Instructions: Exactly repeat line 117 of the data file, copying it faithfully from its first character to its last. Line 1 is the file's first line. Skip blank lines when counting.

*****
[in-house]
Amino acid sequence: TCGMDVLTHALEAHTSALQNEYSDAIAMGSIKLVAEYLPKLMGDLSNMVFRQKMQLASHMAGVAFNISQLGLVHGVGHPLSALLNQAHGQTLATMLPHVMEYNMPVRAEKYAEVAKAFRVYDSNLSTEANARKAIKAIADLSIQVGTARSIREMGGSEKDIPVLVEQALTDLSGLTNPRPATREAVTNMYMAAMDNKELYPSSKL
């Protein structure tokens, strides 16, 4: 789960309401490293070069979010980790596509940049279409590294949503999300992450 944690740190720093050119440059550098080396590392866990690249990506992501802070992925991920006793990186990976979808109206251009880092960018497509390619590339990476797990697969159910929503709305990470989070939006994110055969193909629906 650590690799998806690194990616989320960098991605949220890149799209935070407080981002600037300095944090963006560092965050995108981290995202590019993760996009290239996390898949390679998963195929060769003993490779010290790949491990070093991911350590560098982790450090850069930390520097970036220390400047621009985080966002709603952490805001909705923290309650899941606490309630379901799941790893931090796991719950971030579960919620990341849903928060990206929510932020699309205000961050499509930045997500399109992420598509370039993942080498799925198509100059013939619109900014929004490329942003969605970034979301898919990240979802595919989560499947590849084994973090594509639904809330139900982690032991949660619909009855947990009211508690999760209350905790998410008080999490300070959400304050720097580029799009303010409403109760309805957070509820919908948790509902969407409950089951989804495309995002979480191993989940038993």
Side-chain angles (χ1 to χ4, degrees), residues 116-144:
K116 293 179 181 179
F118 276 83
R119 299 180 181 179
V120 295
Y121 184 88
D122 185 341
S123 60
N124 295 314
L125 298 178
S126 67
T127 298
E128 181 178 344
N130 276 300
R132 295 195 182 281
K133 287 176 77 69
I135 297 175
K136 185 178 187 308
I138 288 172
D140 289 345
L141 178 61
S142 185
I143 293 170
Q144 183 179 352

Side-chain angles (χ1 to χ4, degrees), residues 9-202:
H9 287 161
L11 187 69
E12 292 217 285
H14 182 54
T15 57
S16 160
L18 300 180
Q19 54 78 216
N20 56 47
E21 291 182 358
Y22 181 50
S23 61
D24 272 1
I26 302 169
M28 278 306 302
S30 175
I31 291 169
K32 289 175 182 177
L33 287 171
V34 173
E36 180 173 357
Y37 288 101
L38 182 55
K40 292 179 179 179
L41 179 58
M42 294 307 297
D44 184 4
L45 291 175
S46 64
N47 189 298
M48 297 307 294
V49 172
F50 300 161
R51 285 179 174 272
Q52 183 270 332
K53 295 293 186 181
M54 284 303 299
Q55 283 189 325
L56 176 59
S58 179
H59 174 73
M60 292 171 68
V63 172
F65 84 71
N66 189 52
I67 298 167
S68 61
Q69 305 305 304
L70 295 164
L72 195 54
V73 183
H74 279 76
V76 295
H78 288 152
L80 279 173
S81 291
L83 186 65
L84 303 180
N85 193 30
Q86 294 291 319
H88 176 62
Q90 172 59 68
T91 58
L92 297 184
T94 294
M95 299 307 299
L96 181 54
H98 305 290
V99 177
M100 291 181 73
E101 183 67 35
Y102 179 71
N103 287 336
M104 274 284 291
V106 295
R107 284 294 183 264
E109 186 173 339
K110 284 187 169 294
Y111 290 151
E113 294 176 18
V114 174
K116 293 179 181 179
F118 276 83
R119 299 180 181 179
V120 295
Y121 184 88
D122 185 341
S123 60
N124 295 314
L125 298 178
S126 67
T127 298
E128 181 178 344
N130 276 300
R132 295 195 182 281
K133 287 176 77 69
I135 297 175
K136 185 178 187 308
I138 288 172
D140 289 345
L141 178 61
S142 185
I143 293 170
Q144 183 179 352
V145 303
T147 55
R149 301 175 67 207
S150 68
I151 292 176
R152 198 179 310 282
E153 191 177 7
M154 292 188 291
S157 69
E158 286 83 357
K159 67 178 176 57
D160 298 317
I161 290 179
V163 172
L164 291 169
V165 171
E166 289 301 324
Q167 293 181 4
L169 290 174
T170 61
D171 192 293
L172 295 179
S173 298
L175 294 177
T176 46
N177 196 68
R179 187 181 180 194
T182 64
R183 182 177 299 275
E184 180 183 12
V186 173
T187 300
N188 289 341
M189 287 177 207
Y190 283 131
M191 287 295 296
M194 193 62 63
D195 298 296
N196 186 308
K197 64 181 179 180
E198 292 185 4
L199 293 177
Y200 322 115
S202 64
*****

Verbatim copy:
N124 295 314